And you'd have to stand in line forIn communism, the GTX 1080 TI would cost only 5 dollars.
The "alpha barrier" problem has been solved (the point where electronics gets so miniature that alpha particles start randomly flipping bits), so while the assumption that GPUs (alongside all other electronics) had reached their limit was correct then, it isn't correct now.People were saying that we would hit the point of diminishing returns on GPUs 5 years ago with the nvidia 600 series, that GPUs couldnt possibly keep getting more powerful forever. Many in the industry were CONVINCED that going below 65nm would be impossible to do on any profitable scale. Many were convinced that CPUs with more then 4 cores would never exist, or if they did, they would be too expensive to produce and buy.
I distinctly remember many in the industry clamoring that 8 GB drives were enough, that the 10GB hard drives were just toounstable, and would never reach mass production. Then how going over 80 GB was ridiculous, then how 1TB was the largest any mass production drive would hit. Now you can buy 8TB drives, 16TB are coming soon.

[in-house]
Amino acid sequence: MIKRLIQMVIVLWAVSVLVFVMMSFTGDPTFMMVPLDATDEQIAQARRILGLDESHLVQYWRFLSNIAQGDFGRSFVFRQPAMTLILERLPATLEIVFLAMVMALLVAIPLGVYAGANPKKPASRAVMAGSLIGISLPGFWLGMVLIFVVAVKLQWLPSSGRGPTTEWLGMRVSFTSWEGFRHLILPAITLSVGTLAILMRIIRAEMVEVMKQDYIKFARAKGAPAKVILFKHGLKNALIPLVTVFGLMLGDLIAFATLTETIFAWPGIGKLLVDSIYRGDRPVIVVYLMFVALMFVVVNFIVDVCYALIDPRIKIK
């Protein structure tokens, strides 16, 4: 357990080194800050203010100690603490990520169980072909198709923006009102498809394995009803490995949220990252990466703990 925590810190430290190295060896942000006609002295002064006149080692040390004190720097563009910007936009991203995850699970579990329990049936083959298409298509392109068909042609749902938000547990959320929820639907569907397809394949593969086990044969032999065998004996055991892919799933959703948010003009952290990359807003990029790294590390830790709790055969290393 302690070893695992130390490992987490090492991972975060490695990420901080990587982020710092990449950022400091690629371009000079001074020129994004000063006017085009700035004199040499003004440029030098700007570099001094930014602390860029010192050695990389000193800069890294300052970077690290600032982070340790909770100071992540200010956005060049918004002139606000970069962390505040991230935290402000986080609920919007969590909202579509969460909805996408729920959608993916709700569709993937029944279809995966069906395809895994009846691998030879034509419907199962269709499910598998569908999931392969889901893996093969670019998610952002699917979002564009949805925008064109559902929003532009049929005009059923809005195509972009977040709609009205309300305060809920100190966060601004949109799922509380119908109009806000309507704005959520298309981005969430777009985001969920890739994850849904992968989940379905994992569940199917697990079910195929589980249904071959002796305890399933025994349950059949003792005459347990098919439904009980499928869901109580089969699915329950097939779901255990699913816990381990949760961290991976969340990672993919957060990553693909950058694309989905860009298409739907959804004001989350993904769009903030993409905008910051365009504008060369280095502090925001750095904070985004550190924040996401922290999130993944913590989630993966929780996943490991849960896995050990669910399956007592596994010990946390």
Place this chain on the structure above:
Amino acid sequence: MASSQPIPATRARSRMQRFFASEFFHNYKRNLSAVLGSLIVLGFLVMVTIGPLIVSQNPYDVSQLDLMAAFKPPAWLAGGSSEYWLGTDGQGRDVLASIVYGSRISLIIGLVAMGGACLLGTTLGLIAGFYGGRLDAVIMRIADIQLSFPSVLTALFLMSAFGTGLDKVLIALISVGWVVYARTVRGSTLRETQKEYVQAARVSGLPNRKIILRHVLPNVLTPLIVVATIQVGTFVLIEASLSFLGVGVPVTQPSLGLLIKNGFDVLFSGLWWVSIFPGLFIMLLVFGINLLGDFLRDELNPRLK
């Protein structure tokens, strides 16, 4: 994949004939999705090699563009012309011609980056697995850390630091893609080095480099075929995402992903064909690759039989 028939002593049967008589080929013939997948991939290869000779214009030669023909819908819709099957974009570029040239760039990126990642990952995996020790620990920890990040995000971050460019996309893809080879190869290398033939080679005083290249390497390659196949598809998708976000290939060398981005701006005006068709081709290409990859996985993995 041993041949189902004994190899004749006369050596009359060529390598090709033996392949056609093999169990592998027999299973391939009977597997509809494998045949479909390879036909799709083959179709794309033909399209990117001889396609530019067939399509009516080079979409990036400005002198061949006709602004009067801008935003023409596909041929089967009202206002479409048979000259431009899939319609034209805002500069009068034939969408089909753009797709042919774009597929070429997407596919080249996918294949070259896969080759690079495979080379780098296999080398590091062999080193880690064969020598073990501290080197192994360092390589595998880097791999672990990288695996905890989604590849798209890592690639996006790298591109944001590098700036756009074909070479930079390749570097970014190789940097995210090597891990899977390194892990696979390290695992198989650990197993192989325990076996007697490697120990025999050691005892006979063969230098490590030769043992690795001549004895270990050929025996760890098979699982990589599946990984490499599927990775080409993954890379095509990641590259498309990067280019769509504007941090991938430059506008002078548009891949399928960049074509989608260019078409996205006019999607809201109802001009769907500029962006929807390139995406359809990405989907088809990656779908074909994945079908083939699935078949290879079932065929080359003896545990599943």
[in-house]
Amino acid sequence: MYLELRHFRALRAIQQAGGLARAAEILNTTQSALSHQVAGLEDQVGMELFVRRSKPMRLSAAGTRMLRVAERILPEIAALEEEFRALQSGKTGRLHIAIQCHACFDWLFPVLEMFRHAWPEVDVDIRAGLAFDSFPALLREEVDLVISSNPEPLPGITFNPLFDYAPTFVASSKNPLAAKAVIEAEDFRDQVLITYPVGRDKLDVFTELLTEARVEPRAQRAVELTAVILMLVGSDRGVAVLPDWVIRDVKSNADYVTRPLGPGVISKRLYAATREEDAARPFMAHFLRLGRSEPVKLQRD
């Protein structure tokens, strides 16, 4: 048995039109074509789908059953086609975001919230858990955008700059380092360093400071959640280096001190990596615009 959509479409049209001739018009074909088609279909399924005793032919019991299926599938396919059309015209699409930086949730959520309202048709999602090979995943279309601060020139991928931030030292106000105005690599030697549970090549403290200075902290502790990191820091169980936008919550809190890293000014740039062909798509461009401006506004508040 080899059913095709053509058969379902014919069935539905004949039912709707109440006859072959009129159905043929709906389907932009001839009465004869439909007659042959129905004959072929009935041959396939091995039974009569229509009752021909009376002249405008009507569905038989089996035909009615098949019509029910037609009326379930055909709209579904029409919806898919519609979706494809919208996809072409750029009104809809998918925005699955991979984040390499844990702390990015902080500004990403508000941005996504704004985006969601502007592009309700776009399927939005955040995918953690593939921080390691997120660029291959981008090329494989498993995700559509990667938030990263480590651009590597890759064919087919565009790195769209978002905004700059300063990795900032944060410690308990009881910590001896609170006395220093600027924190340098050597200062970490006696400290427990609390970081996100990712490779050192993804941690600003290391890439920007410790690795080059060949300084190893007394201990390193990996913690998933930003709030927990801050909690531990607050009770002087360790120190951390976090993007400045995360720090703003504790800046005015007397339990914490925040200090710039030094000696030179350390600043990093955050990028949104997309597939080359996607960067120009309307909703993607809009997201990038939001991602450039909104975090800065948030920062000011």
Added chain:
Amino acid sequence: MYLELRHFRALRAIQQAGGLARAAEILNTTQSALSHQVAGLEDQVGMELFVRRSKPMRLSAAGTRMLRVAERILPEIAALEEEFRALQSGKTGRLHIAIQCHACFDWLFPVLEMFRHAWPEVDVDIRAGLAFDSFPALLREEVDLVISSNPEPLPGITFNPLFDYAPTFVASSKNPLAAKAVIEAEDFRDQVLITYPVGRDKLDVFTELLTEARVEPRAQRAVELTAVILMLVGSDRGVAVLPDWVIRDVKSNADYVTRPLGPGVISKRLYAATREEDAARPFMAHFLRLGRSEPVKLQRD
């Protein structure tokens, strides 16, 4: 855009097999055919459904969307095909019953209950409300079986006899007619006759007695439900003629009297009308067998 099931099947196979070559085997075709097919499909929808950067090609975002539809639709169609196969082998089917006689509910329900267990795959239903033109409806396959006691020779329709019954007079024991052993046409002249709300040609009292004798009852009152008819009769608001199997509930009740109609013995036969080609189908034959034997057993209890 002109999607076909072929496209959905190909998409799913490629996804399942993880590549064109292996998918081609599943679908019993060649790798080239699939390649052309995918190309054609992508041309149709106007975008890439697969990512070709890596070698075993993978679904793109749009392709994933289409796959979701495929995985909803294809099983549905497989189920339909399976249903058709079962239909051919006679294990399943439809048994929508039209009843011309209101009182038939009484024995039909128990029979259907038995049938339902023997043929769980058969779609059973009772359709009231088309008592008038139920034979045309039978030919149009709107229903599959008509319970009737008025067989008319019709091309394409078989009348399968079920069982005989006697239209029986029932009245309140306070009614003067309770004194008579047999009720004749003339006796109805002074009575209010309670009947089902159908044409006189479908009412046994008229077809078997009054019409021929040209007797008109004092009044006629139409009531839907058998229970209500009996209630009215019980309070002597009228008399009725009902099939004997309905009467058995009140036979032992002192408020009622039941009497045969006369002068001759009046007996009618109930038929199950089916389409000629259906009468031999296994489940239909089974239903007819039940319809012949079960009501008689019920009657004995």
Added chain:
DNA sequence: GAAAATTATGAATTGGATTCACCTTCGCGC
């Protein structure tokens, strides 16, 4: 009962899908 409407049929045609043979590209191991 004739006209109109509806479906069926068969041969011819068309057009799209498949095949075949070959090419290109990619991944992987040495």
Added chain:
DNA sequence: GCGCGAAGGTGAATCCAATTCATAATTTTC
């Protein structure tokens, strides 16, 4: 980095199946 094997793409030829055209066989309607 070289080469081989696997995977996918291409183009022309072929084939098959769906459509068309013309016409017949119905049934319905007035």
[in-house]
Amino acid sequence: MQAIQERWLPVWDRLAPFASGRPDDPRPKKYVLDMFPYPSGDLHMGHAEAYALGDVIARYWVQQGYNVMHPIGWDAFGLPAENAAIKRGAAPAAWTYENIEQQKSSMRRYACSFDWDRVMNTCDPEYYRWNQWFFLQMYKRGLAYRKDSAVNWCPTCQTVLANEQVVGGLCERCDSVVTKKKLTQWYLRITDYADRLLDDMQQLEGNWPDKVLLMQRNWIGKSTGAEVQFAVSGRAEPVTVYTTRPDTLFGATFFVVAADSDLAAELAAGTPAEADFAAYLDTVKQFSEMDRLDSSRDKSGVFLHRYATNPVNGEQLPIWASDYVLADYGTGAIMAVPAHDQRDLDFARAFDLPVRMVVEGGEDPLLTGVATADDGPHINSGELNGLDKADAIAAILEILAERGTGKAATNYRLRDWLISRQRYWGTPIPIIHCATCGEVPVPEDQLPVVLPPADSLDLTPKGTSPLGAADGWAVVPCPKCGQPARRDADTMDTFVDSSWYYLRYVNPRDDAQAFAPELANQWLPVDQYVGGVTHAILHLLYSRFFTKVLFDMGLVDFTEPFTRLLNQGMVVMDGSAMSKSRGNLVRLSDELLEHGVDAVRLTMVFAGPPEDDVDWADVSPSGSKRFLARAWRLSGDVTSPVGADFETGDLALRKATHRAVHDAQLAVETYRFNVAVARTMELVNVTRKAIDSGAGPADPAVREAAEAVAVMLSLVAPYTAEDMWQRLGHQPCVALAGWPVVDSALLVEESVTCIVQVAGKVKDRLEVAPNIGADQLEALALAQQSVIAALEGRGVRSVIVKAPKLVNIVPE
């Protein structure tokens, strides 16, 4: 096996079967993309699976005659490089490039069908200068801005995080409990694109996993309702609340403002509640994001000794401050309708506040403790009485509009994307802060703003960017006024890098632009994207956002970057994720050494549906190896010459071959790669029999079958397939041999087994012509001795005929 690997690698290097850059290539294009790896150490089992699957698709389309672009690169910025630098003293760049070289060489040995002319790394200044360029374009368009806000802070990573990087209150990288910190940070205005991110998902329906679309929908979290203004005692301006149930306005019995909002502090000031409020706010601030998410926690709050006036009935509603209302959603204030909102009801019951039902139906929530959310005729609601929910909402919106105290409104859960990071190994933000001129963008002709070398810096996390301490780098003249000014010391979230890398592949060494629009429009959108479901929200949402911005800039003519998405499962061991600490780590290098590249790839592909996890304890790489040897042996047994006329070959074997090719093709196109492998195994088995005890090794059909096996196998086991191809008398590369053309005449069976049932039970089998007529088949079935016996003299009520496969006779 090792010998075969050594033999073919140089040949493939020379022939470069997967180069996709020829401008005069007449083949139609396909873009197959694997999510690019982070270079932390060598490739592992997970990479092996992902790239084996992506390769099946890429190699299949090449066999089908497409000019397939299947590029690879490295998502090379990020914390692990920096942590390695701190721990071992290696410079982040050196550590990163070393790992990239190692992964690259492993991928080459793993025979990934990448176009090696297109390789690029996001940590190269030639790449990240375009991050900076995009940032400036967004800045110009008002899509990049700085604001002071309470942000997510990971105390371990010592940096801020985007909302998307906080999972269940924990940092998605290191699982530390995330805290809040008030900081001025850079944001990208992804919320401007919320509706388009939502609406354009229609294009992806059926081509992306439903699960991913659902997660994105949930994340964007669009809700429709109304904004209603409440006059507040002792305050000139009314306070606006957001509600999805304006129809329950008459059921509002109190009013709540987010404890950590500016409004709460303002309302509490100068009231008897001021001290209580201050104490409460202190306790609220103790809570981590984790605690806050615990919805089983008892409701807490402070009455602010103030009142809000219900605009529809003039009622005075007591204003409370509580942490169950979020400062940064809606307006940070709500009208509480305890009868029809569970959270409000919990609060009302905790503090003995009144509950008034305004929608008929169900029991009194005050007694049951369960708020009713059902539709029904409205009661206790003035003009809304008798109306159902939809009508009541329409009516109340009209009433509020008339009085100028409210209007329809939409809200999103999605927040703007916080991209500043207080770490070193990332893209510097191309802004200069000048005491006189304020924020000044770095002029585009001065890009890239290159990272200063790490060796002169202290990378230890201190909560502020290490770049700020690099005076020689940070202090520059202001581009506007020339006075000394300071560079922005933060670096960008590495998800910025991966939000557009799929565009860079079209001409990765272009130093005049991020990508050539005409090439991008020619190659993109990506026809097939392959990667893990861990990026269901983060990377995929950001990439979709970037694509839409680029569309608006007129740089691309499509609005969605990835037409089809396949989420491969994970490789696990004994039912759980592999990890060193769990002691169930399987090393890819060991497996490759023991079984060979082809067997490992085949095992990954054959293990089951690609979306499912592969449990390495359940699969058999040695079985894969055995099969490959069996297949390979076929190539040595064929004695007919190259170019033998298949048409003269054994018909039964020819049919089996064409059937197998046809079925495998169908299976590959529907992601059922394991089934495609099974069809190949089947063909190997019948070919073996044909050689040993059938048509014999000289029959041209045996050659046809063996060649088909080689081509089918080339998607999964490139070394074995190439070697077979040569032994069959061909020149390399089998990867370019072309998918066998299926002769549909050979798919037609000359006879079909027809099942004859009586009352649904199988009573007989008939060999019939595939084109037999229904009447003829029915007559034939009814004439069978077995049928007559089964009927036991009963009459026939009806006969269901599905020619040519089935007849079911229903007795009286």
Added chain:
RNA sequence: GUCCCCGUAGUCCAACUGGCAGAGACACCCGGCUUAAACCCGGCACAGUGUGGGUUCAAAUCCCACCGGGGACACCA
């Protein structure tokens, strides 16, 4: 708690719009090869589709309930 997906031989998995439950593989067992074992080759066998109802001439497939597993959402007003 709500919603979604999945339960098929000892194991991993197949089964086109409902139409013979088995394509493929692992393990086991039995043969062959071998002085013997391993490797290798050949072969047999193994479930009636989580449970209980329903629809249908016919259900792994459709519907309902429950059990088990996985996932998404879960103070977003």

If there is one thing to take away from this, it is that, no, we will not hit those diminishing returns. Someone will find a way to use that extra capability and create more demand. "When a computer becomes powerful enough without having an upgrade path" has been predicted since the 90s, for both servers and home PCs, and it has never happened. It may slow down a bit, but progress wont stop. Unless video games die out as a hobby, you will always have some who want more then just baseline graphical processing power.
Never bet against technological progress, you will always lose.
Some bright bastard figured out how to use code to correct PCB status a few times a second. Now we honestly don't know what the limit is.
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